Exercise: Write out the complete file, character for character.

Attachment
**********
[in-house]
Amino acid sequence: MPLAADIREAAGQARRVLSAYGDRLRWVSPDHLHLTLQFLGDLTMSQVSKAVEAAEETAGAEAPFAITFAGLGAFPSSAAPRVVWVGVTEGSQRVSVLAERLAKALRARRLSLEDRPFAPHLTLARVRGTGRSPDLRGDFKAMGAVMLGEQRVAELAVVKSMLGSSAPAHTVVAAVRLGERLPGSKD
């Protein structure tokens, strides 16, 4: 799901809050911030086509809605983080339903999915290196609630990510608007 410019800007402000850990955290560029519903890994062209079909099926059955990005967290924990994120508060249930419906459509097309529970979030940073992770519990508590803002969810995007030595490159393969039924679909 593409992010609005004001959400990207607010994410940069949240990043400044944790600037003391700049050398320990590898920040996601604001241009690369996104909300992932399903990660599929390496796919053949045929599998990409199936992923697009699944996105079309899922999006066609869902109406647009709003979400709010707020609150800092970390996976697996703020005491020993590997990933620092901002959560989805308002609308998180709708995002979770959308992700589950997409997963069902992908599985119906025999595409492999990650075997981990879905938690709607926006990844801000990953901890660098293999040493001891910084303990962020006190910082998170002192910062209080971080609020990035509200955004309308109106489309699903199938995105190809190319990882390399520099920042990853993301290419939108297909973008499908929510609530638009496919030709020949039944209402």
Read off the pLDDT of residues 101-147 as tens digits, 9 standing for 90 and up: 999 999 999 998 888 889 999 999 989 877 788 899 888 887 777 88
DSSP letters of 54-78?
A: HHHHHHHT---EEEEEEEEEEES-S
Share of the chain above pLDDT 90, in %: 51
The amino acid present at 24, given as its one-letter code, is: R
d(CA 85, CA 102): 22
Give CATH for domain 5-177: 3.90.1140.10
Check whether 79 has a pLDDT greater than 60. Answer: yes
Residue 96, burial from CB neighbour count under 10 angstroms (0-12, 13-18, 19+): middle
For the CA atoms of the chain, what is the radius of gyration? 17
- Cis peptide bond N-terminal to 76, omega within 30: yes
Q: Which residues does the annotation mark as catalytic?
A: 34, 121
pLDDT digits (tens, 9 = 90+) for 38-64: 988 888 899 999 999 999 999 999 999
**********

[in-house]
Amino acid sequence: MPLAADIREAAGQARRVLSAYGDRLRWVSPDHLHLTLQFLGDLTMSQVSKAVEAAEETAGAEAPFAITFAGLGAFPSSAAPRVVWVGVTEGSQRVSVLAERLAKALRARRLSLEDRPFAPHLTLARVRGTGRSPDLRGDFKAMGAVMLGEQRVAELAVVKSMLGSSAPAHTVVAAVRLGERLPGSKD
């Protein structure tokens, strides 16, 4: 799901809050911030086509809605983080339903999915290196609630990510608007 410019800007402000850990955290560029519903890994062209079909099926059955990005967290924990994120508060249930419906459509097309529970979030940073992770519990508590803002969810995007030595490159393969039924679909 593409992010609005004001959400990207607010994410940069949240990043400044944790600037003391700049050398320990590898920040996601604001241009690369996104909300992932399903990660599929390496796919053949045929599998990409199936992923697009699944996105079309899922999006066609869902109406647009709003979400709010707020609150800092970390996976697996703020005491020993590997990933620092901002959560989805308002609308998180709708995002979770959308992700589950997409997963069902992908599985119906025999595409492999990650075997981990879905938690709607926006990844801000990953901890660098293999040493001891910084303990962020006190910082998170002192910062209080971080609020990035509200955004309308109106489309699903199938995105190809190319990882390399520099920042990853993301290419939108297909973008499908929510609530638009496919030709020949039944209402």
Read off the pLDDT of residues 101-147 as tens digits, 9 standing for 90 and up: 999 999 999 998 888 889 999 999 989 877 788 899 888 887 777 88
DSSP letters of 54-78?
A: HHHHHHHT---EEEEEEEEEEES-S
Share of the chain above pLDDT 90, in %: 51
The amino acid present at 24, given as its one-letter code, is: R
d(CA 85, CA 102): 22
Give CATH for domain 5-177: 3.90.1140.10
Check whether 79 has a pLDDT greater than 60. Answer: yes
Residue 96, burial from CB neighbour count under 10 angstroms (0-12, 13-18, 19+): middle
For the CA atoms of the chain, what is the radius of gyration? 17
- Cis peptide bond N-terminal to 76, omega within 30: yes
Q: Which residues does the annotation mark as catalytic?
A: 34, 121
pLDDT digits (tens, 9 = 90+) for 38-64: 988 888 899 999 999 999 999 999 999